Plaintiffs employment was terminated on January 22, 2016. Her charge of discrimination states that she was terminated "for not calling in to agree to questionable return to work." (Id. at 22) While not clear, Plaintiff appears to state that when her physician would not clear her to return to work, Amazon asked that she see its physician so that she could be cleared to return to work. (Id. at 15) Plaintiff alleges that her "known back condition was used against [her]; ultimatum was given that couldn't be reasonably committed to for return to work; paid leave was withheld; told to return to same environment as attacker without separation; sign contract to drop claim filed." (Id. at 2)

         Plaintiff filed two charges of discrimination: the first, on November 2, 2015, [1] following the alleged assault; and the second, on February 3, 2016, after she was terminated on January 22, 2016, asserting that the discharge was in retaliation for filing the November charge of discrimination. (D.I. 20 at 4, 11 -24) She received her notice of suit rights on May 17, 2016. Plaintiff seeks injunctive relief, back pay, compensatory damages, and an apology.

         III. LEGAL STANDARDS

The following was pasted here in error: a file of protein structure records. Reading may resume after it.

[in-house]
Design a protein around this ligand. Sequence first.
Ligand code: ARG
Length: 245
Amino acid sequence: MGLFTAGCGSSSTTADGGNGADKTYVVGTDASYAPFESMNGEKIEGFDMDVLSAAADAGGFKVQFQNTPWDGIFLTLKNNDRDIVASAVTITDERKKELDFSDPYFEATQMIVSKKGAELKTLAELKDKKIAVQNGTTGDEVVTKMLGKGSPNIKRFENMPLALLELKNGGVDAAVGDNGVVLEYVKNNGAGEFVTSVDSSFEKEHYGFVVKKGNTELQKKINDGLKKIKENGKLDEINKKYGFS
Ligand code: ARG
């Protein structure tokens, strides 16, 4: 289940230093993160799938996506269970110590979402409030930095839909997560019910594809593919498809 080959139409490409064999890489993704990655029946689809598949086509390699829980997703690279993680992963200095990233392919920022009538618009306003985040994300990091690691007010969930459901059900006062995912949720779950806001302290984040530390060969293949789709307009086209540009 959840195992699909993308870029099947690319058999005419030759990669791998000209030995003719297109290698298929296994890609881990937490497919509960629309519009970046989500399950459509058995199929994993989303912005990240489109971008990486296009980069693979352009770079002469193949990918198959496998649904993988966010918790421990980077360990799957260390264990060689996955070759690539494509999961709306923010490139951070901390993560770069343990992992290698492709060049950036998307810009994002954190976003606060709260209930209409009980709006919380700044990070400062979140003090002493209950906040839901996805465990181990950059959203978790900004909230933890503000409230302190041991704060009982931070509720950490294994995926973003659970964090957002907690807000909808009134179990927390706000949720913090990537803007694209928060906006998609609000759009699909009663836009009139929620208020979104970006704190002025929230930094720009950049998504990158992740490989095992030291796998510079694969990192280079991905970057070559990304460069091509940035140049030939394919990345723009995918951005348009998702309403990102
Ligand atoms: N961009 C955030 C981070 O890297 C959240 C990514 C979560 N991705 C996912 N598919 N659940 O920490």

Evaluating a motion to dismiss under Federal Rule of Civil Procedure 12(b)(6) requires the Court to accept as true all material allegations of the complaint. See Spruill v. Gillis,372 F.3d 218, 223 (3d Cir. 2004). "The issue is not whether a plaintiff will ultimately prevail but whether the claimant is entitled to offer evidence to support the claims." In re Burlington Coat Factory Sec. Litig.,114 F.3d 1410, 1420 (3d Cir. 1997) (internal quotation marks omitted). Thus, the Court may grant such a morion to dismiss only if, after "accepting all well-pleaded allegations in the complaint as true, and viewing them in the light most favorable to plaintiff, plaintiff is not entitled to relief." Maio v. Aetna, Inc.,221 F.3d 472, 481-82 (3d Cir. 2000) (internal quotation marks omitted). A well-pleaded complaint must contain more than mere labels and conclusions. See Ashcroft v. Iqbal,556 U.S. 662, 678 (2009); Bell Atl. Corp. v. Twombly,550 U.S. 544, 555 (2007). A plaintiff must plead facts sufficient to show that a claim has substantive plausibility. See Johnson v. City of Shelby, ___U.S.___, 135 S.Ct. 346, 347 (2014). A complaint may not dismissed, however, for imperfect statements of the legal theory supporting the claim asserted. See Id. at 346. "To survive a motion to dismiss, a civil plaintiff must allege facts that 'raise a right to relief above the speculative level on the assumption that the allegations in the complaint are true (even if doubtful in fact).'" Victaulic Co. v. Tieman,499 F.3d 227, 234 (3d Cir. 2007) (quoting Twombly, 550 U.S. at 555). A claim is facially plausible "when the plaintiff pleads factual content that allows the court to draw the reasonable inference that the defendant is liable for the misconduct alleged." Iqbal, 556 U.S. at 678. At bottom, "[t]he complaint must state enough facts to raise a reasonable expectation that discovery will reveal evidence of [each] necessary element" of a plaintiffs claim. Wilkerson v. 'New Media Tech. Charter Sch. Inc.,522 F.3d 315, 321 (3d Cir. 2008) (internal quotation ...